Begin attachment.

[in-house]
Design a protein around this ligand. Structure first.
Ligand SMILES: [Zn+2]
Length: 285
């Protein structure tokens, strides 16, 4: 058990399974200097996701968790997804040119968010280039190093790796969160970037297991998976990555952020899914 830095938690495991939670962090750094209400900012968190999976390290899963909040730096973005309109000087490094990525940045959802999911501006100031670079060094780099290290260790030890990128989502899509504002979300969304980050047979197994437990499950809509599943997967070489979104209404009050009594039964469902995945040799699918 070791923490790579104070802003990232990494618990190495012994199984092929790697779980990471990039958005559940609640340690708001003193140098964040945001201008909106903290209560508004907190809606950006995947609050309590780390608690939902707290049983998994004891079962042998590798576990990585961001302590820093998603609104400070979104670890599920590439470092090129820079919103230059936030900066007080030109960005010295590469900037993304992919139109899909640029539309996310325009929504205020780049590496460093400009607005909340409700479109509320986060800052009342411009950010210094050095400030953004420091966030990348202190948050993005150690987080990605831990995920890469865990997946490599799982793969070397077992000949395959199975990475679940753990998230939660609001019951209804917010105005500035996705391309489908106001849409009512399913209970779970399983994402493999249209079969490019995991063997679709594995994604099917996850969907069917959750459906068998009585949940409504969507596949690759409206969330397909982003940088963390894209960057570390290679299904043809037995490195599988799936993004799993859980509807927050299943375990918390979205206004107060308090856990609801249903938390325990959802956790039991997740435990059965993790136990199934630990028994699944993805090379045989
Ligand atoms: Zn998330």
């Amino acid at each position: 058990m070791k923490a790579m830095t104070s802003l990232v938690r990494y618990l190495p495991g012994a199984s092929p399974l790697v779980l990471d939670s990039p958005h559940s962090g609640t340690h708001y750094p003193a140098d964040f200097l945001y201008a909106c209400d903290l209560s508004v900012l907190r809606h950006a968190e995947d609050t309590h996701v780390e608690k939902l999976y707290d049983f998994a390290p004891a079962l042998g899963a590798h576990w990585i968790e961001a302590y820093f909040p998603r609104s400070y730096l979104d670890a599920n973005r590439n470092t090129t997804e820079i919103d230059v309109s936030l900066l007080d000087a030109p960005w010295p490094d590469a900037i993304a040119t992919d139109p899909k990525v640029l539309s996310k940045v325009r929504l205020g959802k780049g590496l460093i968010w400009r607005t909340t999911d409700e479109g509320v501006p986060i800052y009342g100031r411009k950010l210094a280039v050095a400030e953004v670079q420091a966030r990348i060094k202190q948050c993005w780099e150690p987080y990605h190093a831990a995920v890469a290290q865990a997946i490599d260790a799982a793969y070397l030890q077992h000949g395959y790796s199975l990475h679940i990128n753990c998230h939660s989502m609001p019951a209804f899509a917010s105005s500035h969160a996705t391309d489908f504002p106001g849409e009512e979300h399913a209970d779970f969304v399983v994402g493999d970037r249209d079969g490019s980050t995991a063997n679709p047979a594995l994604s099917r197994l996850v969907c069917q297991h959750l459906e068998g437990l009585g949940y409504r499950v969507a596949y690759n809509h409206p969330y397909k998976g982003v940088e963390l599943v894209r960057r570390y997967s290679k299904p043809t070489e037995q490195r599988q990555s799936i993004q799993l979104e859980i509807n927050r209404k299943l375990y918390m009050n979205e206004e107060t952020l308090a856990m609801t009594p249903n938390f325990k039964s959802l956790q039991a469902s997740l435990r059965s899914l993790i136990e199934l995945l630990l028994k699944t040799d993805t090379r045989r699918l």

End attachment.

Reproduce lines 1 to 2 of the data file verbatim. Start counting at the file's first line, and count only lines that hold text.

[in-house]
Design a protein around this ligand. Structure first.